In Zurich she encountered the two most important influences in her life: she deepened her theoretical knowledge of Marxism and became actively involved in both Polish and international socialist politics; she also met and became the lover of Leo Jogiches; and indeed then and subsequently her personal and political development were inextricably involved with each other. Elzbieta Ettinger does much to make the shadowy figure of Jogiches more concrete than he is in previous accounts. He came from a well-to-do Jewish family in Wilno. His father died when he was a child and he was left well-off financially, so that he was able personally to subsidize his revolutionary activities. The famous Russian Marxist Plekhanov with whom he, and consequently Rosa, had a bitter quarrel, complained that Jogiches was using his money to establish himself as the equal of Plekhanov, who always had an exaggerated view of his own importance.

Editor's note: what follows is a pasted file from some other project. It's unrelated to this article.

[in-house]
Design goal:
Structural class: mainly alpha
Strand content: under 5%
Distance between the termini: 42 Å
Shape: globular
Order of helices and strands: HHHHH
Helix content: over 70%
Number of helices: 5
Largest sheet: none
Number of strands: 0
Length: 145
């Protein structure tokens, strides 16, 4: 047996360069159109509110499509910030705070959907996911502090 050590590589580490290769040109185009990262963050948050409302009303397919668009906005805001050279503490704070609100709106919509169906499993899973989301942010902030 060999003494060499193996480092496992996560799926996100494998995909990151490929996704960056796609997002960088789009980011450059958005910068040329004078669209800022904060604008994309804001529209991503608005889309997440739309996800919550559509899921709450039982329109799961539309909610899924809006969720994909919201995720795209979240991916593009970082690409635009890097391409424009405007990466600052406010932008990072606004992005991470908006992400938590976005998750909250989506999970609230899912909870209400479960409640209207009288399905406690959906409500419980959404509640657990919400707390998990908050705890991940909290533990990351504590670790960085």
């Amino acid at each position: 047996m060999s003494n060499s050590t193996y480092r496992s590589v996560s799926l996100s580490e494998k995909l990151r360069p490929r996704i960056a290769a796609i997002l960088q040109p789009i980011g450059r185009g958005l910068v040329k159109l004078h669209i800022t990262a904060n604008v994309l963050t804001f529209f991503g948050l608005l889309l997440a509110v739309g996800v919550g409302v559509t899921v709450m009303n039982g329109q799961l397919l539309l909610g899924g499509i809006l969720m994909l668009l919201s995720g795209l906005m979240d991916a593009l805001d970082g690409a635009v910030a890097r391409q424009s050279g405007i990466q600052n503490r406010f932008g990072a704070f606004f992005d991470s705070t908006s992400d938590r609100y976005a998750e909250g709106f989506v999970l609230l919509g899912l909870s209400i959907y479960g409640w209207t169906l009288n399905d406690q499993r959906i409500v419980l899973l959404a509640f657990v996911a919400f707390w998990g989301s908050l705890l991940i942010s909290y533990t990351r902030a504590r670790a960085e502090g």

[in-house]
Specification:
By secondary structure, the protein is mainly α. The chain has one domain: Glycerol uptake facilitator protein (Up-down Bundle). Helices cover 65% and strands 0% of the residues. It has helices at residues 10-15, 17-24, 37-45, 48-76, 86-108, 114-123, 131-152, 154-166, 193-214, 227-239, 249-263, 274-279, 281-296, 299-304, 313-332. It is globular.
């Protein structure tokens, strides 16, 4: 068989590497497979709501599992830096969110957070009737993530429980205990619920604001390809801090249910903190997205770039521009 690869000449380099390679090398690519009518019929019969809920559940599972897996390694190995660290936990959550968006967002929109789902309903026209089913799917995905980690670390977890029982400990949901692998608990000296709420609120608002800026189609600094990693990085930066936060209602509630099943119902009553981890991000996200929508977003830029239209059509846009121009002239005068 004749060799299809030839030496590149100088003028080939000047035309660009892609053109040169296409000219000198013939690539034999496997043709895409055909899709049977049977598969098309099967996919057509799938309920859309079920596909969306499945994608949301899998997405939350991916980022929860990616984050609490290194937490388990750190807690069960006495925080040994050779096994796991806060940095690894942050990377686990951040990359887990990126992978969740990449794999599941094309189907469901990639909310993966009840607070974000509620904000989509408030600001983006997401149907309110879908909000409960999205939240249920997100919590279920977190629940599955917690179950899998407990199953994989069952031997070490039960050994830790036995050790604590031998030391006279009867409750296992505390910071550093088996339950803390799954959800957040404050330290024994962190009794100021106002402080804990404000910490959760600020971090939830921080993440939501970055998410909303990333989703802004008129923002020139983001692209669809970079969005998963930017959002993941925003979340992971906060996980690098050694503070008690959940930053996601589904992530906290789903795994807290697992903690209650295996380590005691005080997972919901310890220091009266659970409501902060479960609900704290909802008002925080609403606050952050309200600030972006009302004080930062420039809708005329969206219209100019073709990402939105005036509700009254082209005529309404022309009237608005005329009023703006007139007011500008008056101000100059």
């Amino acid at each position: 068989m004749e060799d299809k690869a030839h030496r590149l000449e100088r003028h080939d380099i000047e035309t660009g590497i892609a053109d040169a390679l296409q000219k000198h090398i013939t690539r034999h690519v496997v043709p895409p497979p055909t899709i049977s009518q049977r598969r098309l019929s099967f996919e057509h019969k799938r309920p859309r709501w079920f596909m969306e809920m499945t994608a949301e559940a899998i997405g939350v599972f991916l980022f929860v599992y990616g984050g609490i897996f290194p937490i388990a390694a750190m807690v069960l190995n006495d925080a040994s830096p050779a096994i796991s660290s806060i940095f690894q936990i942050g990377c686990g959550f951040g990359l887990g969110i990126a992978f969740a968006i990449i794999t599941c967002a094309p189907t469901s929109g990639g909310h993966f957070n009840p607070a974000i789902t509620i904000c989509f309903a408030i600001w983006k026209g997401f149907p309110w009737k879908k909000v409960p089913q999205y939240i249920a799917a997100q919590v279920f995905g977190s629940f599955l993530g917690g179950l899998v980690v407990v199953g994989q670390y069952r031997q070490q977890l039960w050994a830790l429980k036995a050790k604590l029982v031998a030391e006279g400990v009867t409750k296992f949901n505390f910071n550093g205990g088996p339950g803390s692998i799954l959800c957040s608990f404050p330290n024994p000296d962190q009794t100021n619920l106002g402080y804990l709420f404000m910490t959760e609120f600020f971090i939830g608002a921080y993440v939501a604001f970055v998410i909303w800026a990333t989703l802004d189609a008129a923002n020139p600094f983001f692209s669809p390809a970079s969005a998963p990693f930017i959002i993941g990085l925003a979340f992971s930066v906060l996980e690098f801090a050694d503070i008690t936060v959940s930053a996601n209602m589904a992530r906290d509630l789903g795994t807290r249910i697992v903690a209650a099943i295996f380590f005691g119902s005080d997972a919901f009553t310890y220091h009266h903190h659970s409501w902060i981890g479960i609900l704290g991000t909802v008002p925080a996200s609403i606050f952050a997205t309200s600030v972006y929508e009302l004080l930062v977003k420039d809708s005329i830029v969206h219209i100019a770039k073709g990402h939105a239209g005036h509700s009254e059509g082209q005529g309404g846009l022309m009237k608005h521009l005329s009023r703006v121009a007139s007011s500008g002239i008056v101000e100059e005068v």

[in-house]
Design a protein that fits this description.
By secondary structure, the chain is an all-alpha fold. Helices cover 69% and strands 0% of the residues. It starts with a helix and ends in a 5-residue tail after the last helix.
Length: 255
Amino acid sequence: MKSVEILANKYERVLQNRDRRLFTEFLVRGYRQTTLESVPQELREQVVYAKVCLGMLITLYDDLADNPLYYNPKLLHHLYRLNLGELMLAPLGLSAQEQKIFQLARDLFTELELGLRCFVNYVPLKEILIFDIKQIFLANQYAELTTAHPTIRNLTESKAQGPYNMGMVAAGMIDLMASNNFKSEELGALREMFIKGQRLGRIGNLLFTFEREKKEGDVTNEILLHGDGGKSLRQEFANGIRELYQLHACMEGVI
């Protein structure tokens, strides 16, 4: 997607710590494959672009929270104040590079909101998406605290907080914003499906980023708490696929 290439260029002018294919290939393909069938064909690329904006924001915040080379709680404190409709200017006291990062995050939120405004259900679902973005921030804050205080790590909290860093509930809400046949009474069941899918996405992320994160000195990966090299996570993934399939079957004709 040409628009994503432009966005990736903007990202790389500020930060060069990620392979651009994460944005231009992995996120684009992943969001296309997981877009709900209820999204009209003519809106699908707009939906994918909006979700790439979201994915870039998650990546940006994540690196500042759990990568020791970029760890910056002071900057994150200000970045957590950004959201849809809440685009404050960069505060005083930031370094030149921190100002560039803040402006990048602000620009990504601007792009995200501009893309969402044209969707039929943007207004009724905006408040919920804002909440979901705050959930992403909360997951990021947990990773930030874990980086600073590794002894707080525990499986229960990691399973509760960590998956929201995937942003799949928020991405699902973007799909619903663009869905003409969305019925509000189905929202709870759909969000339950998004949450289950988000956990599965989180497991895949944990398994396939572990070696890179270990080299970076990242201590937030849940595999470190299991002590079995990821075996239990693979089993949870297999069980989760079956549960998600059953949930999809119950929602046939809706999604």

But Plekhanov was not entirely wrong when, in a letter to Engels, he described Jogiches as a miniature edition of Nechaev (“une miniature Ausgabe de Nechaieff“)—the unscrupulous Russian anarchist whose association with Bakunin in the 1860s had introduced a new note of conspiracy and violence into the revolutionary movement. Like Nechaev, Jogiches enjoyed a clandestine life and was a conspirator by nature, using many pseudonyms, preferring always to exercise influence in the background, and reluctant to play any public role. His passion for secrecy extended to his private life: during the seventeen years he was Rosa Luxemburg’s lover he refused to be openly recognized as such or to live with her.